Children Can Have It Too

Kids are supposed to be cranky, adamant and moody. That’s why they are kids, and that is also why adults end up neglecting such traits. There’s often a misconception amongst parents that their children barely experience stress and it is essentially restricted to grownups. Since most people are unaware of childhood stress, the existence of child depression is an alien subject for them all together.

The stigma on depression has been withering off; people are opening up to the fact that they and the ones around them may suffer from it, and the idea of therapy is becoming common and almost necessary. Now that we’re all able to talk about it, share experiences and seek treatment for it, it’s about time we cover this mental health concern from all angles, and talk about child depression too.

Having said that, it’s important to know that sadness is not depression and so aren’t the usual mood blues that a child experiences and displays during the growth years. At the same time, when a child has depression, it can also be disguised under these traits, which is why knowing the symptoms and identifying them is something every parent/guardian should do. The same can be comparatively difficult, since children lack the ability to recognize and articulate what they’re thinking and feeling. While some may not be able to verbalize, others may simply withdraw from any help and resist acknowledging the change in them.

One main characteristic of child depression is irritability. There may be changes in eating and sleep patterns, decreased performance academically, and impaired thinking. Some kids may also display excessive vocal outbursts and crying, mysterious body aches,  social withdrawal, and increased sensitivity and dullness in general. It’s crucial to identify these signs and distinguishing them from the normal traits of a growing child.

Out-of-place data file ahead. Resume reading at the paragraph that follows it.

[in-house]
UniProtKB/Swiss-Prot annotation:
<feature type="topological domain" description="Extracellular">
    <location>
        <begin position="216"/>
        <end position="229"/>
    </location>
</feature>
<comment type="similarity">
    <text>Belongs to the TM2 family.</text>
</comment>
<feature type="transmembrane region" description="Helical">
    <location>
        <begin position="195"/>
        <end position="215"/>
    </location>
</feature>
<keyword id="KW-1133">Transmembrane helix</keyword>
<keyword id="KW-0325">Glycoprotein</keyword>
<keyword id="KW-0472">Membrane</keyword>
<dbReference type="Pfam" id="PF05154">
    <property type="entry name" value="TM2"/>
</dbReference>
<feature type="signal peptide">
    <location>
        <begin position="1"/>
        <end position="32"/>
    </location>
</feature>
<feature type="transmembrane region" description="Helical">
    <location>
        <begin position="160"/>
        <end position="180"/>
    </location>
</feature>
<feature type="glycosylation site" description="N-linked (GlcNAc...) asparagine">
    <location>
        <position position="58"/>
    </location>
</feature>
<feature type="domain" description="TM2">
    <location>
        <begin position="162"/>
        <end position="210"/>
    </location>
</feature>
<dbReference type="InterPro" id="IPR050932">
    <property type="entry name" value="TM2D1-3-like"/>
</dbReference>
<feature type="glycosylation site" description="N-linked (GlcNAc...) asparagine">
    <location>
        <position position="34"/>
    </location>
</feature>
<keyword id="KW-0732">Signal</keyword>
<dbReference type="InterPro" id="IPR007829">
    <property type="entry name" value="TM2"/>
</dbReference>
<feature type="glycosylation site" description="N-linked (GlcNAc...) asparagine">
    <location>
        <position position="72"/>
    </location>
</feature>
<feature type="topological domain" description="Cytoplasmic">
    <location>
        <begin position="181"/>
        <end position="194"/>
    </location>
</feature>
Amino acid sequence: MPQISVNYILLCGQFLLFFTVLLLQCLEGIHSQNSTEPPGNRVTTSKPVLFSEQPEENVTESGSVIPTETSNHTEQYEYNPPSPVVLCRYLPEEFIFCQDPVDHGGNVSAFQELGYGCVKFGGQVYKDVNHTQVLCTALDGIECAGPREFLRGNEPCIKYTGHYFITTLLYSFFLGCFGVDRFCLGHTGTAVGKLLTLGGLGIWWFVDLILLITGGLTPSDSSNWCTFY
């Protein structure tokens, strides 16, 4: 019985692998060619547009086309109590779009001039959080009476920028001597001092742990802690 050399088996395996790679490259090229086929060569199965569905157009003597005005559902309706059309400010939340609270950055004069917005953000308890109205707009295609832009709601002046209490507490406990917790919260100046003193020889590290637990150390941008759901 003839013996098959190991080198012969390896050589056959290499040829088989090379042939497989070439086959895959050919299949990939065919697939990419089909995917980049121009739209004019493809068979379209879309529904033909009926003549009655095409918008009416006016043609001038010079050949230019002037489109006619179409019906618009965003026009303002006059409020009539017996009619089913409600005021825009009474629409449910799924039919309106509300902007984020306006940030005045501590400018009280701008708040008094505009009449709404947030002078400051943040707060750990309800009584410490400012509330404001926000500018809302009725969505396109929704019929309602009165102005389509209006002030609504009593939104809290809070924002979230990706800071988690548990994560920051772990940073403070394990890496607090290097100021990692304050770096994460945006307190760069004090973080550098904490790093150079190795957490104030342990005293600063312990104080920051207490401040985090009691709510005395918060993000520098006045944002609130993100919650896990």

Now, what causes depression in kids? Well, the causes for adult depression almost align with those of children. Not all kids have the same upbringing, same mental aptitude, and the same physical and emotional capacity and strength. They are all equipped with different coping mechanisms and abilities. Hence, these features joined with family life, life events, environment, heavy life changes, schooling, genetic vulnerability and biochemical disturbances may lead to depression in children.

Treatment to child depression is, needless to say, a trickier task than that of adult depression. Care, understanding, and love are a few primary ingredients required, when it comes to diagnosing and then treating a child’s depression. Since kids may be hard to read and understand, getting to the root of the problem may be challenging, but that’s exactly where the understanding part steps in.

The wise thing to do in cases where a child’s depression is recognised. is to seek professional help. Extend support, an open ear, love and that space for them to heal in. When a child suffers from depression, it may latch onto them as they enter adulthood even if it’s treated, which is why eradicating it from the causing root is the viable option. More so, preventing it from growing in a child’s head in the first place is what’s important in today’s time, considering its epidemic nature in this country. What can be done to help here is talking about child depression just as much as we talk about adult depression and creating awareness about it. The more people know about it, the more comfortable will children be in identifying, understanding and opening up about depressive feelings themselves. All it takes is acknowledging the issue first.


ORIGINAL ARTICLE – https://www.ichchha.org/blog/children-can-have-it-too

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